The Tsarist state system had developed over a long period. The Tsar's authority was supported by several features. These are known as the 'Pillars of Autocracy'.
This vast, diverse Empire was ruled by a series of Tsars. They ran the country as autocrats. This meant that the Tsar, and only the Tsar, governed Russia:
Tsars believed that they had a divine right to rule Russia, their position and power had been given to them by God.
The nobility accounted for approximately 10 per cent of the population. This upper class owned all the land and was dependent on the Tsar. They also dominated the army command and civil service:
The Tsarist legal system was designed to support autocracy and Tsarist authority. It was also intended to suppress opposition and increase fear among the population:
A standard punishment for opponents of the Tsar was exile to the remote region of Siberia. Many thousands of people viewed as enemies of the state were sent to Siberia. They were so far away that they had little chance of threatening Tsarist power.
The Empire did not have an elected parliament and there were no elections for positions in the government.
There were no legal or constitutional methods by which Tsarist power could be challenged.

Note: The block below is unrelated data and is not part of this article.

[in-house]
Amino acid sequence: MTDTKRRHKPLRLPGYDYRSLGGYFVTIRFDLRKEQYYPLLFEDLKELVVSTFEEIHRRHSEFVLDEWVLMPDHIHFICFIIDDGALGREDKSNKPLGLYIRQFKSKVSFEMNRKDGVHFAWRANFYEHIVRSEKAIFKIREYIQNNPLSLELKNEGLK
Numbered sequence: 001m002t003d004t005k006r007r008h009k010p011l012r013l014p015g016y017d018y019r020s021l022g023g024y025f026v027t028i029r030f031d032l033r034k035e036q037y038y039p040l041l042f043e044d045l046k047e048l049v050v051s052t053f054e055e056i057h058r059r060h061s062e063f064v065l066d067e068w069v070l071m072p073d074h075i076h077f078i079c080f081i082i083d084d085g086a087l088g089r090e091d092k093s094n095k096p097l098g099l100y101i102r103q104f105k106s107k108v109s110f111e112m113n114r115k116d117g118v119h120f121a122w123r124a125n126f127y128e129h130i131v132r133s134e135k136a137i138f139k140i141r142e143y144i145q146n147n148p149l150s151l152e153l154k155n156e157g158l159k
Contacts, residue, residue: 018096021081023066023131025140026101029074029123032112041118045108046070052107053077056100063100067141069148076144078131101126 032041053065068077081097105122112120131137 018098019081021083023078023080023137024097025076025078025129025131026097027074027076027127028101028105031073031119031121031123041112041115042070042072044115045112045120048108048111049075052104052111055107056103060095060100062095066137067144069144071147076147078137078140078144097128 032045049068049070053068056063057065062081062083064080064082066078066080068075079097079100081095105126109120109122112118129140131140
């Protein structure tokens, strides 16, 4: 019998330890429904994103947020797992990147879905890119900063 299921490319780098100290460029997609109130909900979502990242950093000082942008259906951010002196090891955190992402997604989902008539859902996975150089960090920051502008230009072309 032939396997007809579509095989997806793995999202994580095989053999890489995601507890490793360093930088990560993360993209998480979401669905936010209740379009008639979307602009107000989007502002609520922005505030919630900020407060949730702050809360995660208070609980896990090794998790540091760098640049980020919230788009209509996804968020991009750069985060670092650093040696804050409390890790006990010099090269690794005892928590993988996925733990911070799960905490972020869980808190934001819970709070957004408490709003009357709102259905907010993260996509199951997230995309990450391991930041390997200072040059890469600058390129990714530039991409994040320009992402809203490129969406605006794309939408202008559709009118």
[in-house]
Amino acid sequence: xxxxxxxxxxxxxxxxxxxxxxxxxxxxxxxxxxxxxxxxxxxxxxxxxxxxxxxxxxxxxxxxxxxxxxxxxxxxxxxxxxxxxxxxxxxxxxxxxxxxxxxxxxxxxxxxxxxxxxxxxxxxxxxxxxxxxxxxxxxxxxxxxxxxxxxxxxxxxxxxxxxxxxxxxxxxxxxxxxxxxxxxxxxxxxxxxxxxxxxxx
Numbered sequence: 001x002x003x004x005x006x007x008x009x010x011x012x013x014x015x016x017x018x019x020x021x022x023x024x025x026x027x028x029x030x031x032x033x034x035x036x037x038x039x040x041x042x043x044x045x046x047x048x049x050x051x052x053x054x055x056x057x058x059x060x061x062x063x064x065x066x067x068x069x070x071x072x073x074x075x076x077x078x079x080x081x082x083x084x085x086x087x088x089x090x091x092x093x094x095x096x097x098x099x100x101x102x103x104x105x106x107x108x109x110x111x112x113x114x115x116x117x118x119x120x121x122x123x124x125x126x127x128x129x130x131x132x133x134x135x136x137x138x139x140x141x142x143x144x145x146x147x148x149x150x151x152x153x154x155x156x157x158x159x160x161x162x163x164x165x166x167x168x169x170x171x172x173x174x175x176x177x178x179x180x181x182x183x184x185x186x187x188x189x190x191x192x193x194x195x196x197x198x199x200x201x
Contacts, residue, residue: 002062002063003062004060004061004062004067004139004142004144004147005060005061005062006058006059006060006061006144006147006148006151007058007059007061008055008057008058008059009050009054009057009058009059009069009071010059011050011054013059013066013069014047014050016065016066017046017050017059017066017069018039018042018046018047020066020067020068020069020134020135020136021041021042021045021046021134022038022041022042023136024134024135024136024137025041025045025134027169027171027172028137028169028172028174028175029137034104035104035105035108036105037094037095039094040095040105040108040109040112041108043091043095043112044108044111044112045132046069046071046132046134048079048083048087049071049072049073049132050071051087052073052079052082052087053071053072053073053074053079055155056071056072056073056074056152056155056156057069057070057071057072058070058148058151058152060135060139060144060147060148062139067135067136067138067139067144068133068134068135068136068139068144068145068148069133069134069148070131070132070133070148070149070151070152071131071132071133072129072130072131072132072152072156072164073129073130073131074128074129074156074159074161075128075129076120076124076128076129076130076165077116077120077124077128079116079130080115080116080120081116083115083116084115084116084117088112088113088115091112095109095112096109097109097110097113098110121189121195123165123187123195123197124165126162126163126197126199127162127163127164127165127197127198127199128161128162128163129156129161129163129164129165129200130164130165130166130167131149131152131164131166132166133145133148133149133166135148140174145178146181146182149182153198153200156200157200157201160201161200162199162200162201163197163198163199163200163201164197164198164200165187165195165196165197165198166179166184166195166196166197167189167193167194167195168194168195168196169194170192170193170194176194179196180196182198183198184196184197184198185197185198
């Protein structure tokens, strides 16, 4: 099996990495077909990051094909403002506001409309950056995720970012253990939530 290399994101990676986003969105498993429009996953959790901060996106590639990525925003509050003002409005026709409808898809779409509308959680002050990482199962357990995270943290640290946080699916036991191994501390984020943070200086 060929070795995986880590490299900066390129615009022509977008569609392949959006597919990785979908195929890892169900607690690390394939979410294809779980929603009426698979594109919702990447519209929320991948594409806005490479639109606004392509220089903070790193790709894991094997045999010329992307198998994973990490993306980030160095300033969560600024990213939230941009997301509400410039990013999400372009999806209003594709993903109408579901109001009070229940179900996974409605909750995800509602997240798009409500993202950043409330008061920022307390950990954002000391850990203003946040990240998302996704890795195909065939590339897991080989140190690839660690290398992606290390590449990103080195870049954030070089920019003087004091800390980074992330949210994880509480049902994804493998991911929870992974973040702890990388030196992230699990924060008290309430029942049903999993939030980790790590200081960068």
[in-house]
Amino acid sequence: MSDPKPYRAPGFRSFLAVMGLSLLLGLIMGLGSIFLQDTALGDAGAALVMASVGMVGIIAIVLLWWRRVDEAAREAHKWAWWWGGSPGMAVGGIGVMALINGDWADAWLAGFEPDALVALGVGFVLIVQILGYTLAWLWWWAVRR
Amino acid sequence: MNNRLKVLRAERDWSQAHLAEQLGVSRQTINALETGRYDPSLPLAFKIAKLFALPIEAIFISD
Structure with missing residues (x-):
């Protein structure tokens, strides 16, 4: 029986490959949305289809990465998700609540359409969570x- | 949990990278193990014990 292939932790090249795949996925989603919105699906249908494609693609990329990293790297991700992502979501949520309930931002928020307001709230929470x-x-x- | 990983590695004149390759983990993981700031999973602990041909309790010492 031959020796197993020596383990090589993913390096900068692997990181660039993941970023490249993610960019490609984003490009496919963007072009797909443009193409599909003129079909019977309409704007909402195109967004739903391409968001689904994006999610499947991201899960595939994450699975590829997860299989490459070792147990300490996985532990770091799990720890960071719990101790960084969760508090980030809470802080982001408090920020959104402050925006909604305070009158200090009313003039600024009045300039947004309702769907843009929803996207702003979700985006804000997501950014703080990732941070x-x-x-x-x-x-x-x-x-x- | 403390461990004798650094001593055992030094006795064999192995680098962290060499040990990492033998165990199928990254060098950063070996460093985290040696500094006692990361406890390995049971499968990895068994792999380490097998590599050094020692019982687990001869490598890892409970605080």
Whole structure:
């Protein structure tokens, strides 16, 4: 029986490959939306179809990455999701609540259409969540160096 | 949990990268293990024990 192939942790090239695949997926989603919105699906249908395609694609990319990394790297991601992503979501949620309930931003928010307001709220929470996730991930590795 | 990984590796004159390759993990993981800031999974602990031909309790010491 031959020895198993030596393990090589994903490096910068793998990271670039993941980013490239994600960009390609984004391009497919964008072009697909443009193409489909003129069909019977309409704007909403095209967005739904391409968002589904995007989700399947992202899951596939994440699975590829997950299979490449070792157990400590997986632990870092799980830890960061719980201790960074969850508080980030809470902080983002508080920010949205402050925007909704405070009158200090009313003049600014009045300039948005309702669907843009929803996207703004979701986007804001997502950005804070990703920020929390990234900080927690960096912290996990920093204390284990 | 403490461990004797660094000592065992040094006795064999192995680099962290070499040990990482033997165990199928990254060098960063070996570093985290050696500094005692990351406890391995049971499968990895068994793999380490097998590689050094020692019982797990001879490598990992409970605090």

The Tsar's will was enforced by a large police system that would report suspicious behaviour and destroy subversive groups:
The Tsar had a large army that became a very effective means of enforcing his power.
The Tsar was the supreme commander of the army and could deploy units at will. At times of civil unrest, he would often dispatch elite Cossack cavalry regiments to deal with unruly citizens. Tsar Nicholas II suppressed strikes in Rostov (1902) and in Odessa (1903) using the Cossacks.
The Tsar was the head of the Orthodox Church. The Church reinforced his authority:
Official Church doctrine stated that the Tsar was appointed by God. Any challenge to the Tsar - the 'Little Father' - was said to be an insult to God.
The Church was very influential among the largely peasant population. It made sure this message was conveyed regularly to them. Priests explained to their followers that Russia was God’s land and that he intended for life to be as the peasants found it.
The Church was give financial rewards from the Tsar for this propaganda.
Most of the Russian population was illiterate and had to rely on what they were told by the Church. It was their only source of education and they tended to believe the teachings of the priests.
However, priests were often not respected by peasants, who believed they were increasingly corrupt and hypocritical. The word of the Church became less respected during the rule of Nicholas II.